Signs Of Perfect Hotel

– Choosing between independent hotels, big chains, heritage hotels & homestays –

Travelling in India is fun but challenging. And finding the right hotel for your family is even more so. I have always been curious about the ‘right fit’ that each traveller seeks for their hotel stays. Is it the location, the luxury quotient and great food? Or is it an intimate atmosphere, efficient service, outdoor activities and places to explore? My conclusion is that, as with many other things in India, perhaps the search for the perfect family hotel also defies a logical decision-making process.

Travelling as adults is relatively straight forward. We are more flexible. Add a few kids into the equation and it is a very different story, especially when it’s a long, arduous journey.

As with so many things with today’s India, the tourism sector has seen rapid expansion over the past decade and there are now far more hotel options than previously. No longer are the only choices seriously high-end chain hotels (think the Oberois) grotty, over-priced mid-range hotels, or scruffy back-packer haunts. Added to these are ‘heritage hotels’, decent independent luxury hotels, and homestays.

But is it possible to define which of these would make an ideal hotel for families with children?

Of course, the location is pretty critical. That is the ease of getting there, as well as its location in relation to planned activities. A well-located hotel can save you many hours on India’s sometimes dreadful roads where pit stops are few and far between, thus resulting in less, “Are we there yet?” questions from the children.

Food – As Indian eating times, as well as the actual food, often differ to that of Western children, the whole issue of feeding the troops can be a major cause for heartburn for parents particularly with younger children. However, it is possible to find hotels for children that serve child-friendly food (even if from a limited menu) at a time when the kids want it. It has to be said that hotels that have specific kids menus and high chairs are harder to find.

Facilities – Lots of space to run around and be active, along with a pool is an obvious requirement for families. Proper babysitting facilities, which allow parents to enjoy their evening as much as their children enjoyed their day, are a serious bonus. A special kid’s camp or day care activities are still pretty rare.

Extra beds – This little add-on can drive up costs quite considerably, along with the annoyance factor of the extra bed(s) never being in the room when you arrive. However, there are hotels that charge a reasonable charge for extra beds and have rooms that can comfortably accommodate two extra beds. In my experience, it is worth asking and asking again how the system works in ‘that hotel’.

Safety & interconnecting rooms – With a larger family or with older children, some parents prefer to have their kids in an adjacent room, but directly accessible. However, outside of the larger chain hotels, very few independent hotels have interconnecting rooms. The tricky part here remains that of getting a hotel to commit to reserving them for you. A suite may not always be available or affordable.

Of course, this all begs the question, do such hotels exist that meet the above criteria and what type of hotel are you best considering? The independent hotels (boutique or otherwise) offer the most interesting opportunities to discover the real India. These are usually built and run by an individual or family, but are full service hotels. And these are many a time, your best options in less developed and remote destinations. However, they come with a question mark – are they as good as they say they are? Independent hotels that are well located, provide a feeling of safety, comfort and familiarity from the moment you arrive, that have extra beds in place and does not charge a fortune for them and will serve child friendly food at any given time. They do exist, and finding them can be delightful even if there are not enough of them. Developed tourist areas in Rajasthan, Kerala & Goa offer a better chance to find such hotels.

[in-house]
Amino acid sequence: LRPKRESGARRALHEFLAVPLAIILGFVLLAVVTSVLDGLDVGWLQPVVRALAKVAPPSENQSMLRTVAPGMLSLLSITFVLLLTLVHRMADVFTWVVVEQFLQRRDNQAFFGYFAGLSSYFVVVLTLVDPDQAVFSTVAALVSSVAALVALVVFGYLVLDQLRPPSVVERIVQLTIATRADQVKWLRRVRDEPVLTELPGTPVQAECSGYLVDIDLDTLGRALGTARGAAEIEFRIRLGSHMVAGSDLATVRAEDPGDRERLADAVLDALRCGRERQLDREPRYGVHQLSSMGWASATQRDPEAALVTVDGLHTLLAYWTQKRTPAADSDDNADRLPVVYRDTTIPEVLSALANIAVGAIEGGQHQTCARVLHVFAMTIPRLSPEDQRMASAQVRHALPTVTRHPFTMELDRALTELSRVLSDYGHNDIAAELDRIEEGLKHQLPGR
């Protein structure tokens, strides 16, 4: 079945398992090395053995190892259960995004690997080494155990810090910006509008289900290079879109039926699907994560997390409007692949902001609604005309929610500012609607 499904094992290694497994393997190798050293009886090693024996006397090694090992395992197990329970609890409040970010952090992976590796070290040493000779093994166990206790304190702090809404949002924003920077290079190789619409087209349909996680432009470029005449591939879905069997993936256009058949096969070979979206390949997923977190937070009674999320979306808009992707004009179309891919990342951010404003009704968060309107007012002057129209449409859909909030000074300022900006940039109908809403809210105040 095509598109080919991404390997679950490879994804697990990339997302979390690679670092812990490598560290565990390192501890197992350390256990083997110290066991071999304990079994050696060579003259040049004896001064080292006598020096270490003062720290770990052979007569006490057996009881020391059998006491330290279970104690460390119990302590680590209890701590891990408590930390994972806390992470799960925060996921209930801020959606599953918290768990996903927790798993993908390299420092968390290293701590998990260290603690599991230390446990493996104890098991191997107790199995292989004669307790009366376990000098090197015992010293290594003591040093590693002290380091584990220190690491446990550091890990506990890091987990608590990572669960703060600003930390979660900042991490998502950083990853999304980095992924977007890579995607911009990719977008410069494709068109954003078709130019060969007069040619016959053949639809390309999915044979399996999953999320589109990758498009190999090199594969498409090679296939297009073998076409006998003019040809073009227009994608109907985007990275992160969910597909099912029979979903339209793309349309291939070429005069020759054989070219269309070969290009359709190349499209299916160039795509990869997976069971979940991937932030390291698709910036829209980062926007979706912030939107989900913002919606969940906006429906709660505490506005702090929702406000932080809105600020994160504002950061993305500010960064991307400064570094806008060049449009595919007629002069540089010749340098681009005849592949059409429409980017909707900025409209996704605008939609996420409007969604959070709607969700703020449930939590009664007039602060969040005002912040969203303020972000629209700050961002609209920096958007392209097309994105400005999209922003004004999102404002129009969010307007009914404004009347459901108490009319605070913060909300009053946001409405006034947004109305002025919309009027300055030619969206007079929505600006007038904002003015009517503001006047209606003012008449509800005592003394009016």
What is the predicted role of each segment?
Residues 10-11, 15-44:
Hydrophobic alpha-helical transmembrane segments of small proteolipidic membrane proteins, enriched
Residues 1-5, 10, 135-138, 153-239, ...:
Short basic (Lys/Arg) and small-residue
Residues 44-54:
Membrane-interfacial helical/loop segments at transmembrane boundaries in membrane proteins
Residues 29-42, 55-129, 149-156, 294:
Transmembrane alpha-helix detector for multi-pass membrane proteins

Some of them are

Flameback Lodges, Kollam – Private cottages, away from all activity and each room offers a fabulous view of the private lake. Flameback really is a home tucked away in the midst of the jungle.

Red Earth, Kabini – Soak in the serenity and the sounds of the jungle at the Red Earth Kabini. Situated close to the Kabini dam, across the Kapila River, the resort is surrounded on two sides by water. Cottages are spacious and space for the kids to run around.

Marari Beach – Far from the madding crowd, and distant from the world of trendy hotspots and beach raves, Marari’s lietmotifs are space and silence. A stretch of virgin white sandy beach with clear blue waters is amazing to play in.

As the independent family friendly hotels are relatively unknown, many travellers tend to choose the tried and tested option of larger chain hotels. Big chain hotels trump others in consistency, better trained staff and rewards. However, they do disappoint when it comes to delivering authentic experiences in India.

Notable exceptions here however would be hotels in Rajasthan. Like the:

Bungalow on the beach, Tranquebar – Built in the 17th century, the Bungalow offers a living history. It still retains the charming essence of the years gone before and of course the beaches. It offers its guests a chance to immerse themselves in the simple way of life.